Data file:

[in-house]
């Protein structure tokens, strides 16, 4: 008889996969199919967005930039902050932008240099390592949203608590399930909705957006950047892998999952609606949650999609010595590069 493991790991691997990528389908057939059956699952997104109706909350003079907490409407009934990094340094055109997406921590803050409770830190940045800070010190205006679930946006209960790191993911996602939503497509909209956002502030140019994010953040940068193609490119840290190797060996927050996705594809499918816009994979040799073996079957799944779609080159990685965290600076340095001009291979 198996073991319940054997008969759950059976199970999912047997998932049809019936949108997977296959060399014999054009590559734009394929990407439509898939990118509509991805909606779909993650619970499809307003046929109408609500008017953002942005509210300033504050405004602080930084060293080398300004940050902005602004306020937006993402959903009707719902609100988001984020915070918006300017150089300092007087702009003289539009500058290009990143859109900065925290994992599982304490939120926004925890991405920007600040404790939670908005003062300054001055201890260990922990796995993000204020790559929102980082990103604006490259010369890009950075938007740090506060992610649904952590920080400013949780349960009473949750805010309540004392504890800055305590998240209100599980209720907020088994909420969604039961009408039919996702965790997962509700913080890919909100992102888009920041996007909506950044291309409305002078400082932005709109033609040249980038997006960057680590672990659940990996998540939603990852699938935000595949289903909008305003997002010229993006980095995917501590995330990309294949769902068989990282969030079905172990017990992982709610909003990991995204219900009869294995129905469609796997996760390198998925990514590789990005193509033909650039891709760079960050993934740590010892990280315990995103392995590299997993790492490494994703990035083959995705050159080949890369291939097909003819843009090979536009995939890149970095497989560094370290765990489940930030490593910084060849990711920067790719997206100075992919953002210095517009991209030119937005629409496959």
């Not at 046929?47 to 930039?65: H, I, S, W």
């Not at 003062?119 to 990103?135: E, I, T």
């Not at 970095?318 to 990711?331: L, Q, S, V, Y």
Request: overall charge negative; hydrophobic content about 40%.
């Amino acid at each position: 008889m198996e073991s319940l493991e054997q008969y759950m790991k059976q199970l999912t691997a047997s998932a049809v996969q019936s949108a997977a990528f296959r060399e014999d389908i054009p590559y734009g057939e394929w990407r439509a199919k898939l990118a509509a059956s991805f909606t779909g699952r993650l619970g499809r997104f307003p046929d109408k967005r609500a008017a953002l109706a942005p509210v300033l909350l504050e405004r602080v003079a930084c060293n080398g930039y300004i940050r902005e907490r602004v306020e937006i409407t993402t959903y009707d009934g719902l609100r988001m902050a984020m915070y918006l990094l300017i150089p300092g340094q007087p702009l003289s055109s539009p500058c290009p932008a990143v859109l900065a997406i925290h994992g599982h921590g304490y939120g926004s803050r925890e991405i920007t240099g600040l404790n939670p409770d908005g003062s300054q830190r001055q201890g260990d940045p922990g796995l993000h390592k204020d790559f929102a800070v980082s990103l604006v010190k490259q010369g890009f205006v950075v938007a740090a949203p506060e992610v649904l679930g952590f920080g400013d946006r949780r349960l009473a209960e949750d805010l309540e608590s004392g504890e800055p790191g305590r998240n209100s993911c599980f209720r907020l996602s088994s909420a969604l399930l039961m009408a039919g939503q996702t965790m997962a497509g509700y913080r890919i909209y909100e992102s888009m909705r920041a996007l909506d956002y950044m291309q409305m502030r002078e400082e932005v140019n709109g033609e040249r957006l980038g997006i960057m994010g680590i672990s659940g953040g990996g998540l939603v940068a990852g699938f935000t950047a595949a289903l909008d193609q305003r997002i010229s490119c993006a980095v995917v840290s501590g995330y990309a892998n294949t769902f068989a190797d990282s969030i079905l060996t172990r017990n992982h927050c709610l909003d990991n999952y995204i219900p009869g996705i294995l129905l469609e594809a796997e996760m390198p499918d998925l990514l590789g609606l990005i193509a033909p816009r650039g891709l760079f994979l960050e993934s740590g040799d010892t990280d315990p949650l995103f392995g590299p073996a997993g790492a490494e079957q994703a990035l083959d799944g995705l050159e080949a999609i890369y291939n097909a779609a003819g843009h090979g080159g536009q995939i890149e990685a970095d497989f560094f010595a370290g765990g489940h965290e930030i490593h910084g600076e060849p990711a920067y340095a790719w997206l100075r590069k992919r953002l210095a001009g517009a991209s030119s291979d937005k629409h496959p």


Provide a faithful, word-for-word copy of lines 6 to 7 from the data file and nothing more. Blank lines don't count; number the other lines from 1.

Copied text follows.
Request: overall charge negative; hydrophobic content about 40%.
């Amino acid at each position: 008889m198996e073991s319940l493991e054997q008969y759950m790991k059976q199970l999912t691997a047997s998932a049809v996969q019936s949108a997977a990528f296959r060399e014999d389908i054009p590559y734009g057939e394929w990407r439509a199919k898939l990118a509509a059956s991805f909606t779909g699952r993650l619970g499809r997104f307003p046929d109408k967005r609500a008017a953002l109706a942005p509210v300033l909350l504050e405004r602080v003079a930084c060293n080398g930039y300004i940050r902005e907490r602004v306020e937006i409407t993402t959903y009707d009934g719902l609100r988001m902050a984020m915070y918006l990094l300017i150089p300092g340094q007087p702009l003289s055109s539009p500058c290009p932008a990143v859109l900065a997406i925290h994992g599982h921590g304490y939120g926004s803050r925890e991405i920007t240099g600040l404790n939670p409770d908005g003062s300054q830190r001055q201890g260990d940045p922990g796995l993000h390592k204020d790559f929102a800070v980082s990103l604006v010190k490259q010369g890009f205006v950075v938007a740090a949203p506060e992610v649904l679930g952590f920080g400013d946006r949780r349960l009473a209960e949750d805010l309540e608590s004392g504890e800055p790191g305590r998240n209100s993911c599980f209720r907020l996602s088994s909420a969604l399930l039961m009408a039919g939503q996702t965790m997962a497509g509700y913080r890919i909209y909100e992102s888009m909705r920041a996007l909506d956002y950044m291309q409305m502030r002078e400082e932005v140019n709109g033609e040249r957006l980038g997006i960057m994010g680590i672990s659940g953040g990996g998540l939603v940068a990852g699938f935000t950047a595949a289903l909008d193609q305003r997002i010229s490119c993006a980095v995917v840290s501590g995330y990309a892998n294949t769902f068989a190797d990282s969030i079905l060996t172990r017990n992982h927050c709610l909003d990991n999952y995204i219900p009869g996705i294995l129905l469609e594809a796997e996760m390198p499918d998925l990514l590789g609606l990005i193509a033909p816009r650039g891709l760079f994979l960050e993934s740590g040799d010892t990280d315990p949650l995103f392995g590299p073996a997993g790492a490494e079957q994703a990035l083959d799944g995705l050159e080949a999609i890369y291939n097909a779609a003819g843009h090979g080159g536009q995939i890149e990685a970095d497989f560094f010595a370290g765990g489940h965290e930030i490593h910084g600076e060849p990711a920067y340095a790719w997206l100075r590069k992919r953002l210095a001009g517009a991209s030119s291979d937005k629409h496959p």